I hope that this approach will lead to a better understanding of the mechanisms underlying the morphogenesis of animal tissues.
Email: cmg38 at cam.ac.uk
I am the lab's house physicist. My doctoral work was in the field of theoretical high energy physics, where I investigated the scale-dependent behaviour of one of our putative theories of quantum gravity with the aim of understanding how physical processes occurring at the submicroscopic scale interact and integrate to generate our observed, large-scale universe. After completing my PhD, I decided to move my research towards quantitative biology and, more specifically, morphogenesis. While my present field is a long way away from my previous work in terms of content, both share a general underlying question - how does the coordinated, large-scale behaviour of a system emerge from the cross-interactions of its parts? In morphogenesis, this question becomes the challenge of understanding how the development and maintenance of whole organisms arise from the interplay of molecular and cellular processes that occur at various time and length scales.
Dorsal Closure provides a powerful model system for addressing this issue. To this effect, we are investigating how subcellular forces generate cell shape changes that combine to orchestrate coherent tissue deformation, and how these cell shape changes and tissue constraints in turn regulate the subcellular forces. Our work, in collaboration with G. Blanchard, from the Department of PDN in Cambridge, and Nicole Gorfinkiel, from the Center for Molecular Biology in the Universidad Autonoma de Madrid, involves a combination of imaging analysis, theoretical modelling and computer simulations. Specifically, we are first analysing the relation between strain and stress in amnioserosa cells at the cellular and subcellular level with the aim of building a phenomenological model of DC dynamics and specifying its material properties. This phenomenological description is then used to constrain and guide the development of discrete models of cytoskeleton activity and to quantify the relevant microscopic parameters. Lastly, these results are combined to inform Monte Carlo simulations of Dorsal Closure.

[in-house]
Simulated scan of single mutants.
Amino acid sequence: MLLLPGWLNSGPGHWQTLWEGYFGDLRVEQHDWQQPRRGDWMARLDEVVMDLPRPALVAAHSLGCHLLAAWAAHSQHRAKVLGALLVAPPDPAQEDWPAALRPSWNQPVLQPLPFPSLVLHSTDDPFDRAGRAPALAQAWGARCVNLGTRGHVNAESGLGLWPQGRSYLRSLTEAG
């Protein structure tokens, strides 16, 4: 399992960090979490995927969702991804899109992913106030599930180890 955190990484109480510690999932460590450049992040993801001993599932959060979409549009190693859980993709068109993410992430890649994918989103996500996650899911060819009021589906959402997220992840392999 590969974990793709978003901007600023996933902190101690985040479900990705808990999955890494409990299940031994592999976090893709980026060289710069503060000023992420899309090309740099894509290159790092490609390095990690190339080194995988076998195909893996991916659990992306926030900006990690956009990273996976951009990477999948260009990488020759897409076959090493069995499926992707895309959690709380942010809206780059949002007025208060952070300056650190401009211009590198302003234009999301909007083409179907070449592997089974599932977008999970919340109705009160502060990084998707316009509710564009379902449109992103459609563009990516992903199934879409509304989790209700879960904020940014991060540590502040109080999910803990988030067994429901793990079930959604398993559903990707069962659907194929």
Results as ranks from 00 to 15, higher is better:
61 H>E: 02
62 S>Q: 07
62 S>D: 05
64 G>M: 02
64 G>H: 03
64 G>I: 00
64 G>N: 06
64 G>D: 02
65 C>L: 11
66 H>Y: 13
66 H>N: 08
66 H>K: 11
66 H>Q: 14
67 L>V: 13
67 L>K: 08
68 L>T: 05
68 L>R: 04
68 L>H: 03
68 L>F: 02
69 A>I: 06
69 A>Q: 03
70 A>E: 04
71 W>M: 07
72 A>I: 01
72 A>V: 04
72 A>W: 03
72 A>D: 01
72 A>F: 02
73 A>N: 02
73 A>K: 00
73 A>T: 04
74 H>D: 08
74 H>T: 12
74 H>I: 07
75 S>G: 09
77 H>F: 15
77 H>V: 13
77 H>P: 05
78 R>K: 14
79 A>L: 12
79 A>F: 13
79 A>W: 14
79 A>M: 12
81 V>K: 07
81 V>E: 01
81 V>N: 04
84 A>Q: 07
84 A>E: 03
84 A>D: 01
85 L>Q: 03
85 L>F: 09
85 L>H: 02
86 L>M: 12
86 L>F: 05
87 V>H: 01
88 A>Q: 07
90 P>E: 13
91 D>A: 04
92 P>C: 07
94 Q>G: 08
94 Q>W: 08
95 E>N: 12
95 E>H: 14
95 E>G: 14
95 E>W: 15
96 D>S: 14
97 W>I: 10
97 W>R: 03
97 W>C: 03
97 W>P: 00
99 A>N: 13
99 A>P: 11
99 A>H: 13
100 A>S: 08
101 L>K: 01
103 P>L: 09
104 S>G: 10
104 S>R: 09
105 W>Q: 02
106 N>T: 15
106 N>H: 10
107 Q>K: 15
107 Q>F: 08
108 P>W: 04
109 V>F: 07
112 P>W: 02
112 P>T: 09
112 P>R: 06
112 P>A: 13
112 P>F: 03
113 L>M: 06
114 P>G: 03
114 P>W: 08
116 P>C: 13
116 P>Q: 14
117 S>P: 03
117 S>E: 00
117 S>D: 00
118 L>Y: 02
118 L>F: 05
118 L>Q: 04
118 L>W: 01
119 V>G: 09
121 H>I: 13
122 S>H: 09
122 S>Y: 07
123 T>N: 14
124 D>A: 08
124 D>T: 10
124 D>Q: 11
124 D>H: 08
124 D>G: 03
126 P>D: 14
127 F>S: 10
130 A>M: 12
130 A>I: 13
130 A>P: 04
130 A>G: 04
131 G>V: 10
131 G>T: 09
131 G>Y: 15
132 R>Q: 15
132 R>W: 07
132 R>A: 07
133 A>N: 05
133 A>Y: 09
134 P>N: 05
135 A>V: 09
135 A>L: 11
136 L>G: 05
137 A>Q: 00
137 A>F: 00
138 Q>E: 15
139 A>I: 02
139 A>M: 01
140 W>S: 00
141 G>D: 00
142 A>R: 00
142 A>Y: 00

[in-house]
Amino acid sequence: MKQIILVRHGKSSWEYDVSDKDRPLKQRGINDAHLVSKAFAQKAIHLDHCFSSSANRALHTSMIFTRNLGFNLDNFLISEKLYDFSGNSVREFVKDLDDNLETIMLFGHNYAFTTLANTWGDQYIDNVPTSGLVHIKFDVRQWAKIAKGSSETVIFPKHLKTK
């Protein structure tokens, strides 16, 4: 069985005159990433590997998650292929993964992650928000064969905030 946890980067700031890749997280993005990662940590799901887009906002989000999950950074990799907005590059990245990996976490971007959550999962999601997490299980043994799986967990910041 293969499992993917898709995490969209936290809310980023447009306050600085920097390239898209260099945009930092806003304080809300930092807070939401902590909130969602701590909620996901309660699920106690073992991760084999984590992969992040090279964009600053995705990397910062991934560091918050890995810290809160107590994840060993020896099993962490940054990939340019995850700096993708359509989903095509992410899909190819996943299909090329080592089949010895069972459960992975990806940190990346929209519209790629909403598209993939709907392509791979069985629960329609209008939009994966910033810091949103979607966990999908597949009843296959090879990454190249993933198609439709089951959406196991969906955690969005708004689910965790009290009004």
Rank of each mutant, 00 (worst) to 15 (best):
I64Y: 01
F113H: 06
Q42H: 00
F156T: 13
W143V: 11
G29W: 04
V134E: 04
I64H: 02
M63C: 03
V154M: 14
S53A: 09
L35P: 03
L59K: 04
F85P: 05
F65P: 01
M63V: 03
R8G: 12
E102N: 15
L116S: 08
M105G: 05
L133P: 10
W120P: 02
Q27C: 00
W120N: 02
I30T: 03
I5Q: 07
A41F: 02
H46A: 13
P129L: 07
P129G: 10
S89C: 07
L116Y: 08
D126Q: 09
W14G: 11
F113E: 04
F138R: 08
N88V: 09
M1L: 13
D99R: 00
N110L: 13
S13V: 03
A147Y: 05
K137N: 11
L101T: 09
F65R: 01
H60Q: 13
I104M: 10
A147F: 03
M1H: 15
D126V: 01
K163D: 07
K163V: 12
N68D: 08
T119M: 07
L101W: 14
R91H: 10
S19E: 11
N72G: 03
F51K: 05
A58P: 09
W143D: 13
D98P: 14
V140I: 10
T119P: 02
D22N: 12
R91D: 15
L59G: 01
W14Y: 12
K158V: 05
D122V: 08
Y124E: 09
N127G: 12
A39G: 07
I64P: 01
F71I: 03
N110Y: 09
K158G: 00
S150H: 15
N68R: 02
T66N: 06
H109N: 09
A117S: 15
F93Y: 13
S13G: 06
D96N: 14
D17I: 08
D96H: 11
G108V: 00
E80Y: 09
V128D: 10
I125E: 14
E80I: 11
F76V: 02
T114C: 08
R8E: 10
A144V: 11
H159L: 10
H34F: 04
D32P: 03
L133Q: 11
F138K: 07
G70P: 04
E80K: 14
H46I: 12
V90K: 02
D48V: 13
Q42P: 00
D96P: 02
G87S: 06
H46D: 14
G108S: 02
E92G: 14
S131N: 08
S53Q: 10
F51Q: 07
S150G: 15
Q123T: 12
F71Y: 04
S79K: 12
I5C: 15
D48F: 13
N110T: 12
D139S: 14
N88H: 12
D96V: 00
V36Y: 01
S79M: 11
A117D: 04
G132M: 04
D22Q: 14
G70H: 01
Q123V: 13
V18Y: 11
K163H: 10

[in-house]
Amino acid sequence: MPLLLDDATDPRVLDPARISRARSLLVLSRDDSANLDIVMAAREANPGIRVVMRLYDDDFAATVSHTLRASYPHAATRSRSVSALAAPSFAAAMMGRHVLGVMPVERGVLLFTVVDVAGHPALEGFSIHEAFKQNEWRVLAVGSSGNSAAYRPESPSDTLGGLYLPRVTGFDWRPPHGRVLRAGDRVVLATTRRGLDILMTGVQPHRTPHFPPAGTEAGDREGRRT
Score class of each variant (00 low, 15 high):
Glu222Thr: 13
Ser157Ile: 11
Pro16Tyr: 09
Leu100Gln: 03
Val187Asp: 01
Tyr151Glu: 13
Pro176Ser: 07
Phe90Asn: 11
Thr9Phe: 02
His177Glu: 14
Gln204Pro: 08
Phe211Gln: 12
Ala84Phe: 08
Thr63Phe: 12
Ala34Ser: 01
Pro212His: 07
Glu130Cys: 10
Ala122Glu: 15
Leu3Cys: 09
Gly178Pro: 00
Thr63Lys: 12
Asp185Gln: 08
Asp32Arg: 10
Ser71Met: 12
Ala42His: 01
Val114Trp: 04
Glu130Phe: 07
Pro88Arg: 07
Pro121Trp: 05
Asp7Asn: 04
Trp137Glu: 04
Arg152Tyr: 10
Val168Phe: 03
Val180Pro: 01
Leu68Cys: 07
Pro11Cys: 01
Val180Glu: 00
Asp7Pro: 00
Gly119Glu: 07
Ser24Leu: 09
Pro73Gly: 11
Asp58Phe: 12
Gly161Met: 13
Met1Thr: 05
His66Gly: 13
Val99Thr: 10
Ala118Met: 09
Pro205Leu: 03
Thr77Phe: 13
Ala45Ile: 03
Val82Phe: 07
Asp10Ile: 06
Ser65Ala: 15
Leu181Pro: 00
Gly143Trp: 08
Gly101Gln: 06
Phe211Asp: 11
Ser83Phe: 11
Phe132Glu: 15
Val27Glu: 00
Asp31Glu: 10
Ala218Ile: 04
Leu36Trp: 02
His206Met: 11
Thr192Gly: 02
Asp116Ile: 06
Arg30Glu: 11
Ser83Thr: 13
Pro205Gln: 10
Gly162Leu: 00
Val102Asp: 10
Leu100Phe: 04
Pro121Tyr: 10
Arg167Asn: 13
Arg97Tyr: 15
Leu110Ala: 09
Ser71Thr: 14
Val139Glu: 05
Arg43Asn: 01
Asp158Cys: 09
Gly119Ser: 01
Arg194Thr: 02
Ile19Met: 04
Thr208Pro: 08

Email: p.farias-machado at gen.cam.ac.uk